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Grave Analysis

  • By Melissa Scott Murphy
  • Posted 06.26.07
  • NOVA

Many of the burials found in the Puruchuco cemetery on the outskirts of Lima, Peru showed signs of having died extremely violent deaths, probably during the Siege of Lima by the Inca. Who were these ill-fated individuals? As a bioarcheologist, I have been examining the remains of many of these people. Here, learn what I was able to determine about one victim's sex, age, and other characteristics by analyzing that person's well-preserved skeleton.

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Explore an Inca burial with a bioarcheologist, and see how she gleans information about a long lost person and culture.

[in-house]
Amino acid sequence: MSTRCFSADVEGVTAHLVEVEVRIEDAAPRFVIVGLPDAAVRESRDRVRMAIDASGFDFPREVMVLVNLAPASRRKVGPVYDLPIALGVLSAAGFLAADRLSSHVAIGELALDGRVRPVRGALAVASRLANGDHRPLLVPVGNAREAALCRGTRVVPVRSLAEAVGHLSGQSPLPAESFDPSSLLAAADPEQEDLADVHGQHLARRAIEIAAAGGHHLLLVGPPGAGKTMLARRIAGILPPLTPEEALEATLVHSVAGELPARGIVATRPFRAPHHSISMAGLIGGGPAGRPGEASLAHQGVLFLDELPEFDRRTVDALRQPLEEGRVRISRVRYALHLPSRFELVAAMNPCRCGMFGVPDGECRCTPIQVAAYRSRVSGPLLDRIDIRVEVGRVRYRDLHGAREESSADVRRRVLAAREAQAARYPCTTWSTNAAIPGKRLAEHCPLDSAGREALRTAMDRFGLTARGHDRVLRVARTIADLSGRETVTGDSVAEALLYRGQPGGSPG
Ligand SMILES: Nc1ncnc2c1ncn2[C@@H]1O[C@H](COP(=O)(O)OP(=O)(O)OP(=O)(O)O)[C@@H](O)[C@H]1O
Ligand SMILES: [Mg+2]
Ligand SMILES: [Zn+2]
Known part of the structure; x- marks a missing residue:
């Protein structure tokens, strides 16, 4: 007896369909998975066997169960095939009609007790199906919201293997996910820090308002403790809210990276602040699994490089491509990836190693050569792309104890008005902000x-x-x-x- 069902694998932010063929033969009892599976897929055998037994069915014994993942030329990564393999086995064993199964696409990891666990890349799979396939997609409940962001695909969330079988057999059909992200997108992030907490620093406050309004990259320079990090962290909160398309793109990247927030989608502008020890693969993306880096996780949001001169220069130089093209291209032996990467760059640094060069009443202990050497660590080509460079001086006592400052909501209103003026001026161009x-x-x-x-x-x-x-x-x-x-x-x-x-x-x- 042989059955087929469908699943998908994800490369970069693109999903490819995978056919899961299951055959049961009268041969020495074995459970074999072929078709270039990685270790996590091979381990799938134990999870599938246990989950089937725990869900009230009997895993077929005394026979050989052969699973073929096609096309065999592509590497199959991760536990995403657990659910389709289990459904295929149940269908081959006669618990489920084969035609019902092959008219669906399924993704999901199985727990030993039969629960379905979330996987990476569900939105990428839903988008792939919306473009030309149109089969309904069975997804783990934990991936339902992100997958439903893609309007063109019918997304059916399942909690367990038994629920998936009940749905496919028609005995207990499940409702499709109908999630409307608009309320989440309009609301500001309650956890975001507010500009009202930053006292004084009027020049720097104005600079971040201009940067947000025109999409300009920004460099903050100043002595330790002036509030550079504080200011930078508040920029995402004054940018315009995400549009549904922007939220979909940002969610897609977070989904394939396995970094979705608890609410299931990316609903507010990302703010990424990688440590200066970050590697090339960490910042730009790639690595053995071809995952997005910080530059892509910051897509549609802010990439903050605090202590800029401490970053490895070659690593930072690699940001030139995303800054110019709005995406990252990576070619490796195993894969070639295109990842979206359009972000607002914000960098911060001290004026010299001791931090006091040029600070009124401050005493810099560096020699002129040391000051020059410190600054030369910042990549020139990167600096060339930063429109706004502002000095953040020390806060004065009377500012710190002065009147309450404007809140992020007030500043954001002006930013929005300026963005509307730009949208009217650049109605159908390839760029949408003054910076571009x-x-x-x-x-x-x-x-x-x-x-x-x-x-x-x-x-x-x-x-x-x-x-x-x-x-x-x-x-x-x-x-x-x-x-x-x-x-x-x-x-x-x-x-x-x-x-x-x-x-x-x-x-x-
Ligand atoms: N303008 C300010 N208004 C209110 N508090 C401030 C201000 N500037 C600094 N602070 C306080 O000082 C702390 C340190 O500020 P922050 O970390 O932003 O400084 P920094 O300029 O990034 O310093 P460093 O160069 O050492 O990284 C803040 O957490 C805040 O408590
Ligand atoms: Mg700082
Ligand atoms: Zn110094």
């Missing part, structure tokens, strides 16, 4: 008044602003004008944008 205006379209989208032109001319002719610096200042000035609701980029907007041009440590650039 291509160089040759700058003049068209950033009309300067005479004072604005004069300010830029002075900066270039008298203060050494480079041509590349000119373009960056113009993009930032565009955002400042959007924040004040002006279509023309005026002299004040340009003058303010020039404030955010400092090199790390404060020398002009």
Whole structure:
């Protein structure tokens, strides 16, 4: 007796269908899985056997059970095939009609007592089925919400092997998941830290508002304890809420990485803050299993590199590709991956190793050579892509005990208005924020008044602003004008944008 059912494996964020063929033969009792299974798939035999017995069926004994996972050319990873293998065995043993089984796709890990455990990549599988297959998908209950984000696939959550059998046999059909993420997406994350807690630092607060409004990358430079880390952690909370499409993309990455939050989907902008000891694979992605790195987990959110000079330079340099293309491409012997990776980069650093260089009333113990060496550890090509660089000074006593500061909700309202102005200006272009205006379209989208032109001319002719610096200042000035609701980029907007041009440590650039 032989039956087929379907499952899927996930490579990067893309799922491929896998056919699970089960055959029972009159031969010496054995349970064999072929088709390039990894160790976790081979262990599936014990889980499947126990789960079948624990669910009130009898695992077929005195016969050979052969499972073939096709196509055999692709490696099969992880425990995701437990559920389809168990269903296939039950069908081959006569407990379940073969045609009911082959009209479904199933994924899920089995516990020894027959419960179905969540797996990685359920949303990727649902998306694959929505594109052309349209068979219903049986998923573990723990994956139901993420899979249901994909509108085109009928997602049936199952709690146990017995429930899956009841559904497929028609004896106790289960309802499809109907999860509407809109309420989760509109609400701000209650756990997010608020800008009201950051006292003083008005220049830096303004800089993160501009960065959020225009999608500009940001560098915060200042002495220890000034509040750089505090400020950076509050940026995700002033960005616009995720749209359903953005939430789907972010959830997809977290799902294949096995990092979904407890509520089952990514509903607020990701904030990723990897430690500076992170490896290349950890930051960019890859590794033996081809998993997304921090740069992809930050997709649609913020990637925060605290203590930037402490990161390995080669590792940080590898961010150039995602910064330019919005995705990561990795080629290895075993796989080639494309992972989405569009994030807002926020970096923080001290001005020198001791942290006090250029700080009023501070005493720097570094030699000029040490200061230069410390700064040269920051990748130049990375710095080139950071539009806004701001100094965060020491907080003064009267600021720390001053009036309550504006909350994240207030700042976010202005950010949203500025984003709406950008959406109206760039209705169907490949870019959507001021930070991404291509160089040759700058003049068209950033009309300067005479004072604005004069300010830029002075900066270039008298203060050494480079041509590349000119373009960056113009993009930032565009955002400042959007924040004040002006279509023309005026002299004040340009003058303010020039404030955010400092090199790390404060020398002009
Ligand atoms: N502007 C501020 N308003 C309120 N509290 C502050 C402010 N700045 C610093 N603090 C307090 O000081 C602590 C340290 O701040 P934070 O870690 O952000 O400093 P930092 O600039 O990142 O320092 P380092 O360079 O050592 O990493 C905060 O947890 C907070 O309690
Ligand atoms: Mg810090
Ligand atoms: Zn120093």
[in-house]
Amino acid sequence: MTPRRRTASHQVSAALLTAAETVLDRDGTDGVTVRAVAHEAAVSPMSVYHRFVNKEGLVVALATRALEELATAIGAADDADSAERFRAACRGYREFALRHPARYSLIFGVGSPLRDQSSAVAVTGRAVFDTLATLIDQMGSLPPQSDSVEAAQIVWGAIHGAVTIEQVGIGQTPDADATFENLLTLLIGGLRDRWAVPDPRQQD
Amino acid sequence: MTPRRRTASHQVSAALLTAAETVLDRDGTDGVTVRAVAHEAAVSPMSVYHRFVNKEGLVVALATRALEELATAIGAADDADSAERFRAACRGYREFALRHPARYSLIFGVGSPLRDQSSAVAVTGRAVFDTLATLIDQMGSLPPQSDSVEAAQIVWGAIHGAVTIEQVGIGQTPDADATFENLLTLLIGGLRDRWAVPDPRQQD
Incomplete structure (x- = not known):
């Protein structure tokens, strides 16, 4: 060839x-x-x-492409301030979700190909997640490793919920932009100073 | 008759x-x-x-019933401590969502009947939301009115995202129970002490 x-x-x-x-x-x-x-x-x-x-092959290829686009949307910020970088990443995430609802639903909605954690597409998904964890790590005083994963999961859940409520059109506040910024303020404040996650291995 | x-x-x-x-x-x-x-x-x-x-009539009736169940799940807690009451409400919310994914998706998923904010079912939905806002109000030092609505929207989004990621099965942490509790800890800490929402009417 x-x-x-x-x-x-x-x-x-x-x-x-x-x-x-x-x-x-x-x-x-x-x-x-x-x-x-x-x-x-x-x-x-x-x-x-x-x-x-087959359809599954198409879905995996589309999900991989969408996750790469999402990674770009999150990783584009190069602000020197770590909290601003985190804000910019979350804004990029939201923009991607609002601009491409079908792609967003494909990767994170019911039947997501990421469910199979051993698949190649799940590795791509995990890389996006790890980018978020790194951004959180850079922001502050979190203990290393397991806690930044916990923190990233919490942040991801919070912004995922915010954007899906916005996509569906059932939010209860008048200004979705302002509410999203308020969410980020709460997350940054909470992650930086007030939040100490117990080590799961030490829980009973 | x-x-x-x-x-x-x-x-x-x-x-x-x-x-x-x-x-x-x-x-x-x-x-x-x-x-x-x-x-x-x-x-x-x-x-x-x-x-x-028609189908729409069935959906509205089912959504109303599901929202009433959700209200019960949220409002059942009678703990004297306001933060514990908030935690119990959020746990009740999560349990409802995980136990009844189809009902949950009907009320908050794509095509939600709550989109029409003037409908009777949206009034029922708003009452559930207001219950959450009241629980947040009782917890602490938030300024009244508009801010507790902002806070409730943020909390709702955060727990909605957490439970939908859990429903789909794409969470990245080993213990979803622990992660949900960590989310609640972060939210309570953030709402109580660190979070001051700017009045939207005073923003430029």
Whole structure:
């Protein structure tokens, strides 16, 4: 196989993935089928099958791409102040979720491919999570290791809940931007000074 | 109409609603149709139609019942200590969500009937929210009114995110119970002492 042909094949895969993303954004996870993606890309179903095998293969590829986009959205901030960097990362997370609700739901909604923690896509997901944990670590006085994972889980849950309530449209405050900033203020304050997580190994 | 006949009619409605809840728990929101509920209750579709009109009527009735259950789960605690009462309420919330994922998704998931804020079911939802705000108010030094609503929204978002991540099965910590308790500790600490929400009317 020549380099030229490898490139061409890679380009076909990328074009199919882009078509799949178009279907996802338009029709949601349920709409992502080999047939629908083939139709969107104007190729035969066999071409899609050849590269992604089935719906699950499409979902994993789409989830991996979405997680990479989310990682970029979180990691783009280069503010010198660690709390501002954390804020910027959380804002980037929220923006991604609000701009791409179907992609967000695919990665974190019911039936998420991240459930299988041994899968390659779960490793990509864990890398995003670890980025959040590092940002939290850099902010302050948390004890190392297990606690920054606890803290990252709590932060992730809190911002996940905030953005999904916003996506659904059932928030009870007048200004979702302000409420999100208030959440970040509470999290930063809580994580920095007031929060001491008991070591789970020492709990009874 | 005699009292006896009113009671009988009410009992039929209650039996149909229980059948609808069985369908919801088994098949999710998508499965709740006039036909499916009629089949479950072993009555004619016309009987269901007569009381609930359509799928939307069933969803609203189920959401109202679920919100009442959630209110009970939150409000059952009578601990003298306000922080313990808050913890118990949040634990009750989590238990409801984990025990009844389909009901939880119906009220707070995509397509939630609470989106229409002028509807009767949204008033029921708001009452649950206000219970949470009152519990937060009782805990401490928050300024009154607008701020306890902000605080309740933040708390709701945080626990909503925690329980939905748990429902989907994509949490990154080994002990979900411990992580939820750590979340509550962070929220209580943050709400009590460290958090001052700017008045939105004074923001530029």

This feature originally appeared on the site for the NOVA program The Great Inca Rebellion.

Melissa Scott Murphy is a bioarcheologist at Bryn Mawr College who has worked in Peru, Israel, and France. She appears in NOVA's program "The Great Inca Rebellion" as one of the experts working on the Puruchuco burials.

Credits

Images

(full skeleton, close-up of skeletal hand, crouched burial, burial with artifacts)
Courtesy Guillermo Cock
(pelvis, tibia, cranium, lower jaw)
Courtesy Melissa Murphy

Related Links

  • The Great Inca Rebellion

    Mass graves and forensic evidence reveal a complex truth about how the Inca Empire fell.

  • Outfitting for Inca Battles

    Inca and conquistador soldiers had very different gear—and that made all the difference.

  • Inca Skull Surgery

    See evidence of a radical surgical procedure common among the Inca 500 years ago.

  • Rise of the Inca

    How did the Inca Empire become as vast as the Roman in just over a century?

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